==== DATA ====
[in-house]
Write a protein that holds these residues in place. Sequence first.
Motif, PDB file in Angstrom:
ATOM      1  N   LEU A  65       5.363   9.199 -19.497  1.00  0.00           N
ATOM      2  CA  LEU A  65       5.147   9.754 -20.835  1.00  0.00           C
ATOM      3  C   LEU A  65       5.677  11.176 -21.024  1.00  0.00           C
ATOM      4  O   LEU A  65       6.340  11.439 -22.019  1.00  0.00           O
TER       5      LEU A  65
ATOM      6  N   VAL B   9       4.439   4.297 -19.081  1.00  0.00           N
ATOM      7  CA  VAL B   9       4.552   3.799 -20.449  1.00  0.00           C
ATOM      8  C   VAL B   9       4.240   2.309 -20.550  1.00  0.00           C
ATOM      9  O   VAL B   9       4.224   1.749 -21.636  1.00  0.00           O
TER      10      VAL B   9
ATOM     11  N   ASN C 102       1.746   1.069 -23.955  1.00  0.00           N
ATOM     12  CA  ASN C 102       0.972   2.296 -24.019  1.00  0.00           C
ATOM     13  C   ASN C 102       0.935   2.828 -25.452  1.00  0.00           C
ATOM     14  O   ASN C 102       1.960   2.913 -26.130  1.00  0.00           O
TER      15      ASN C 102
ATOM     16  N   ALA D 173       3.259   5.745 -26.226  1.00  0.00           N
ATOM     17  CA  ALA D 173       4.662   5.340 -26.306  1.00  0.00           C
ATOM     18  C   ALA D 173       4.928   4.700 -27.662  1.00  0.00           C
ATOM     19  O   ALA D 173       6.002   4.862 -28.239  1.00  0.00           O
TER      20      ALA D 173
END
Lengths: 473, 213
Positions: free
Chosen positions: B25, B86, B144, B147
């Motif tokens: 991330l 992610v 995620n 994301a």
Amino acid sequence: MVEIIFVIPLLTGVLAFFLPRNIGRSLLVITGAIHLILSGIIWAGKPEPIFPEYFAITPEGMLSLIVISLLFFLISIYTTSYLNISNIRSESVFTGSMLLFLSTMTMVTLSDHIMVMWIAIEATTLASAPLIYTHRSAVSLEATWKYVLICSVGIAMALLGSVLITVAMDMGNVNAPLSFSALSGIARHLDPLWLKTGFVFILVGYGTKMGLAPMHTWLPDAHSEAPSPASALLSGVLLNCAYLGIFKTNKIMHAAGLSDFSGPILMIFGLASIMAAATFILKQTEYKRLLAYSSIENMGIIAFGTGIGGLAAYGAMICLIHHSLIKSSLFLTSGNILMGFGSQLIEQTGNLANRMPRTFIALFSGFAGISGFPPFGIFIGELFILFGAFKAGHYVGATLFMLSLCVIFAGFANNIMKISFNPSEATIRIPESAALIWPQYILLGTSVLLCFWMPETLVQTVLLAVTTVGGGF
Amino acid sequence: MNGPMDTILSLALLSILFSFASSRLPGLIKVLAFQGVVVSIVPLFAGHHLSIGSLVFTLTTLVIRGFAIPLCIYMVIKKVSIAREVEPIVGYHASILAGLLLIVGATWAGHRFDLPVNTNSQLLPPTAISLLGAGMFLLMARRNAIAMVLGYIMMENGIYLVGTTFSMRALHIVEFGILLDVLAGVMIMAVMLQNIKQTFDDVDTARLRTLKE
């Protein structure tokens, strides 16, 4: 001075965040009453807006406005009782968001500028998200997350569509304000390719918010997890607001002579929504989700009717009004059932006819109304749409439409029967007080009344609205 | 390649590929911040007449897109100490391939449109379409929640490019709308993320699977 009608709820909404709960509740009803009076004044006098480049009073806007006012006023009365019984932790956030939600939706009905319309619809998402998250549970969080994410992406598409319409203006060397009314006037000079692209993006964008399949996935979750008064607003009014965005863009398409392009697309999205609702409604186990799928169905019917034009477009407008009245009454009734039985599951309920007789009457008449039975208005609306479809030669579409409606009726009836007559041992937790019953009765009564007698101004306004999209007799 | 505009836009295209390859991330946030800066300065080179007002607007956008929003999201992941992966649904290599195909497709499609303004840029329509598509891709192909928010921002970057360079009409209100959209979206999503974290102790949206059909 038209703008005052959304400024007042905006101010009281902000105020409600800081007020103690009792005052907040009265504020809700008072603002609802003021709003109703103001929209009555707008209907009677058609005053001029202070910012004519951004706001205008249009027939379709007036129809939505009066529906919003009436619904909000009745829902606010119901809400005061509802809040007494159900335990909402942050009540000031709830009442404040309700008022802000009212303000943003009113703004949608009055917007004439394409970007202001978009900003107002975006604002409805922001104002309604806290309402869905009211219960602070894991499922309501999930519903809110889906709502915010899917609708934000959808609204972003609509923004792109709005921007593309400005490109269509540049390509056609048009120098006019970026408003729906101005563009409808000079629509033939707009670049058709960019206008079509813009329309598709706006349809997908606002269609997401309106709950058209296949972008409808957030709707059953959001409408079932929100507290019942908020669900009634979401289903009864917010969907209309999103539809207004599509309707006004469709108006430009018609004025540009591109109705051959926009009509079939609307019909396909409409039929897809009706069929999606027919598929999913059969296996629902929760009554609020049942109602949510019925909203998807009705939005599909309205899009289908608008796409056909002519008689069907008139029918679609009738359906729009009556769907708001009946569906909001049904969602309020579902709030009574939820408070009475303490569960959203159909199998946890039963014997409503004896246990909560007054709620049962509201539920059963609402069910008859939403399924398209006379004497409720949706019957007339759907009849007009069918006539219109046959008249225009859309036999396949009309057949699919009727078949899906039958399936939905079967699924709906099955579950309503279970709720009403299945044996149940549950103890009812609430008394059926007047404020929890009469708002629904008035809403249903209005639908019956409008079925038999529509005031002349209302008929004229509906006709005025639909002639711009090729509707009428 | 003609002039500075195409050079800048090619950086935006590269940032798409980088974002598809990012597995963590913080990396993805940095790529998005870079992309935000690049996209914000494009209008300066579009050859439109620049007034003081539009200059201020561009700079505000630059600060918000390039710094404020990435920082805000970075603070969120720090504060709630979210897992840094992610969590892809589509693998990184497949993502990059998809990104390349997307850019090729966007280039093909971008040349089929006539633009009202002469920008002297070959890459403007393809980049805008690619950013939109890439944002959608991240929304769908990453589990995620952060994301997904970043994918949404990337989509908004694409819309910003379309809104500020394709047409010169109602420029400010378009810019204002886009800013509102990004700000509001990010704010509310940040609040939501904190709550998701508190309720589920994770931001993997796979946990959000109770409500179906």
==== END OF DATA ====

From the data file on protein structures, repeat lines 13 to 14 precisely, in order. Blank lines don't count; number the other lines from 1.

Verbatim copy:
TER      10      VAL B   9
ATOM     11  N   ASN C 102       1.746   1.069 -23.955  1.00  0.00           N